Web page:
|NOTE: Since initial publication on February 1, this resource has been updated to reflect significant policy developments in the following states:
If 2021 was a big year for state taxA tax is a mandatory payment or charge collected by local, state, and national governments from individuals or businesses to cover the costs of general government services, goods, and activities. reform and relief, 2022 may give it a run for its money. Among the 46 states holding legislative sessions this year, there has been a flurry of activity on taxes, with arrows almost invariably pointing toward tax reform and relief.
With 7,383 state legislators and about 100,000 bills introduced each year, it’s possible to find introduced legislation doing almost anything, and sometimes in the early stages of session, it can be difficult to determine which proposals should be taken seriously and which will fall by the wayside.
But now that nearly three months have passed, several major tax changes have already been enacted, while others are moving rapidly through legislative bodies, and others have died for the year.
As we head into April, we have compiled a list of major state tax changes that have been enacted, legislation that is still advancing, and recent proposals that are worth keeping an eye on.
No such list could possibly be exhaustive—any given state likely has more introduced bills on tax-related subjects than are covered in this entire review—but here’s what we’re following as we head into April.
Income tax rate reductions remain a popular trend this year. So far in 2022, individual income taxAn individual income tax (or personal income tax) is levied on the wages, salaries, investments, or other forms of income an individual or household earns. The U.S. imposes a progressive income tax where rates increase with income. The Federal Income Tax was established in 1913 with the ratification of the 16th Amendment. Though barely 100 years old, individual income taxes are the largest source of tax revenue in the U.S. rate reductions have been enacted in Idaho, Indiana, Iowa, and Utah, and a bill to flatten and reduce Mississippi’s individual income tax is awaiting the governor’s signature. Serious proposals to reduce individual income tax rates are still being considered in Colorado (ballot measure), Missouri, Nebraska, New York (lower rates only), Oklahoma, and South Carolina. Additionally, corporate income taxA corporate income tax (CIT) is levied by federal and state governments on business profits. Many companies are not subject to the CIT because they are taxed as pass-through businesses, with income reportable under the individual income tax. rate reductions have been enacted this year in Idaho, Iowa, and Utah, and are still being considered in Colorado (ballot measure), Missouri, and Pennsylvania. Meanwhile, one state—New Mexico—has enacted a permanent sales taxA sales tax is levied on retail sales of goods and services and, ideally, should apply to all final consumption with few exemptions. Many governments exempt goods like groceries; base broadening, such as including groceries, could keep rates lower. A sales tax should exempt business-to-business transactions which, when taxed, cause tax pyramiding. rate reduction.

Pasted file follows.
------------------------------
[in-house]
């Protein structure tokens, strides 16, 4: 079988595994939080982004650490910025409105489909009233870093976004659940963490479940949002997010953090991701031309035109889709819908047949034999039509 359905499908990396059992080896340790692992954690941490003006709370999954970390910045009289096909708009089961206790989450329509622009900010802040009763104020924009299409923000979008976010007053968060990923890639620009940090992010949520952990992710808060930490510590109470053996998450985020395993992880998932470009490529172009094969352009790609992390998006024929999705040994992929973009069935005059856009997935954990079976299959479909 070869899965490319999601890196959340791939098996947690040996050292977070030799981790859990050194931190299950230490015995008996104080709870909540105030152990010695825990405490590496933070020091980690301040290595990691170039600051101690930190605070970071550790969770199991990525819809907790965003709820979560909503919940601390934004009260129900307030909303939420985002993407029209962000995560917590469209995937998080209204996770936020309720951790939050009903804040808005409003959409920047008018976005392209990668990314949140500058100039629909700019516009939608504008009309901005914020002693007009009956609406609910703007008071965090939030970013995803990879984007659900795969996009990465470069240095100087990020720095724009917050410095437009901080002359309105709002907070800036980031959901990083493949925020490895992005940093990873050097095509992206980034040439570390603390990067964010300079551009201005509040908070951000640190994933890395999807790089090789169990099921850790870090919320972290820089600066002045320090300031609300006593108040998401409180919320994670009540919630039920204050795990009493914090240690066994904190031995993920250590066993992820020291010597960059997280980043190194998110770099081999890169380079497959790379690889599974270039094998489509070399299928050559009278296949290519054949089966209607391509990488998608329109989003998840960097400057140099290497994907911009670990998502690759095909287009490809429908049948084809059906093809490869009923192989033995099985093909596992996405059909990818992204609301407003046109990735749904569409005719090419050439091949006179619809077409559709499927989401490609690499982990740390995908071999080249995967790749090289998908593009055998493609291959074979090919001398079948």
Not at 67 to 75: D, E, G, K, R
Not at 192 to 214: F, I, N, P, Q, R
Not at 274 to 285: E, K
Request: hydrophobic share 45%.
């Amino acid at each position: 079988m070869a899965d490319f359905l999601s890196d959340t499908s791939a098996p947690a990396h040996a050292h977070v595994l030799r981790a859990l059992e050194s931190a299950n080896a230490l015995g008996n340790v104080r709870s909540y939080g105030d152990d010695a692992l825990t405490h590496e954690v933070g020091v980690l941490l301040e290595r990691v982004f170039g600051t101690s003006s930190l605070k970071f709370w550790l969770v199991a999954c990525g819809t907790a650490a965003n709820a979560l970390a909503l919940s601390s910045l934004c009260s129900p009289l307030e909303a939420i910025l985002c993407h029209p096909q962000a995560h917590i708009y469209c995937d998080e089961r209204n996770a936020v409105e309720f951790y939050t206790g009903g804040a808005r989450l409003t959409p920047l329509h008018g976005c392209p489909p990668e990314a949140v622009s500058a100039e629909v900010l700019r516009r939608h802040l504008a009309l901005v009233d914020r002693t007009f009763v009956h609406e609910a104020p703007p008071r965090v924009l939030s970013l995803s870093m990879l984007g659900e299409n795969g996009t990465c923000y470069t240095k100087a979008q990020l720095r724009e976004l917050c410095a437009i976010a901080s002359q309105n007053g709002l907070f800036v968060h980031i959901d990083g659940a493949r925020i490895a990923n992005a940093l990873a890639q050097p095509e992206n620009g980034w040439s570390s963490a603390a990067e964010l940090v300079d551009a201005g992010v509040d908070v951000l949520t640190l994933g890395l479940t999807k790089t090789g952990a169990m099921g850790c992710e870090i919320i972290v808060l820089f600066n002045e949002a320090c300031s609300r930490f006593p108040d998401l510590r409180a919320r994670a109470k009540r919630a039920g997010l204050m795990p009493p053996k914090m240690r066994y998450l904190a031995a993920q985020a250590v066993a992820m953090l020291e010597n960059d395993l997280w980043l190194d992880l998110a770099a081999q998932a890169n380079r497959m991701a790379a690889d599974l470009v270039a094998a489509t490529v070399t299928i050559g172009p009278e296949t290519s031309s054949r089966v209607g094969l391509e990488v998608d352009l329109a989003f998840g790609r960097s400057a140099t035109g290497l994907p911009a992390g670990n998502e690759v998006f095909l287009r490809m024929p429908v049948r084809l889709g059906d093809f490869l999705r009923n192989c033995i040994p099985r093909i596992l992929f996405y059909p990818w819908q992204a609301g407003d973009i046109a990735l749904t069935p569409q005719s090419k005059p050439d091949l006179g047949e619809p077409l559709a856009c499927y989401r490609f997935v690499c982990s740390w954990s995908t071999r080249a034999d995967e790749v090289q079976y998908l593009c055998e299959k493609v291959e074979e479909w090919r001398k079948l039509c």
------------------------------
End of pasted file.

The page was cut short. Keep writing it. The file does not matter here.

Several other states are considering proposals to permanently reduce (Kansas) or temporarily suspend (Illinois, Oklahoma, and Tennessee) the sales taxes on groceries. Proposals to permanently remove groceries from the sales tax baseThe tax base is the total amount of income, property, assets, consumption, transactions, or other economic activity subject to taxation by a tax authority. A narrow tax base is non-neutral and inefficient. A broad tax base reduces tax administration costs and allows more revenue to be raised at lower rates. have lost momentum in several states, but the possibility remains on the table in Virginia.
Many other states have enacted or are considering various temporary tax relief measures. Connecticut, Georgia, and Maryland have enacted gas tax suspensions, and legislation awaits the governor’s signature to do the same in Florida. Other states appear poised to follow, although one such proposal was rejected in Massachusetts. Similarly, a new sales tax holidayA sales tax holiday is a period of time when selected goods are exempted from state (and sometimes local) sales taxes. Such holidays have become an annual event in many states, with exemptions for such targeted products as back-to-school supplies, clothing, computers, hurricane preparedness supplies, and more. has been enacted in Connecticut, and two new sales tax holidays await the governor’s signature in Florida. Income tax rebates, a comparatively more efficient temporary tax relief approach (though still of mixed benefit in an inflationInflation is when the general price of goods and services increases across the economy, reducing the purchasing power of a currency and the value of certain assets. The same paycheck covers less goods, services, and bills. It is sometimes referred to as a “hidden tax,” as it leaves taxpayers less well-off due to higher costs and “bracket creep,” while increasing the government’s spending power. ary period), have been enacted in Georgia and Idaho and are being considered in multiple states.
Thus far, meaningful efforts to raise taxes—excluding proposals for net tax cuts which have partially offsetting rate increases elsewhere—have been proposed in only two states, Hawaii and Massachusetts. Given robust revenue growth (state tax collections rose 21 percent last year) and projections of significantly higher revenue for the foreseeable future, most states are exploring ways to return some of their increased revenue to the taxpayers.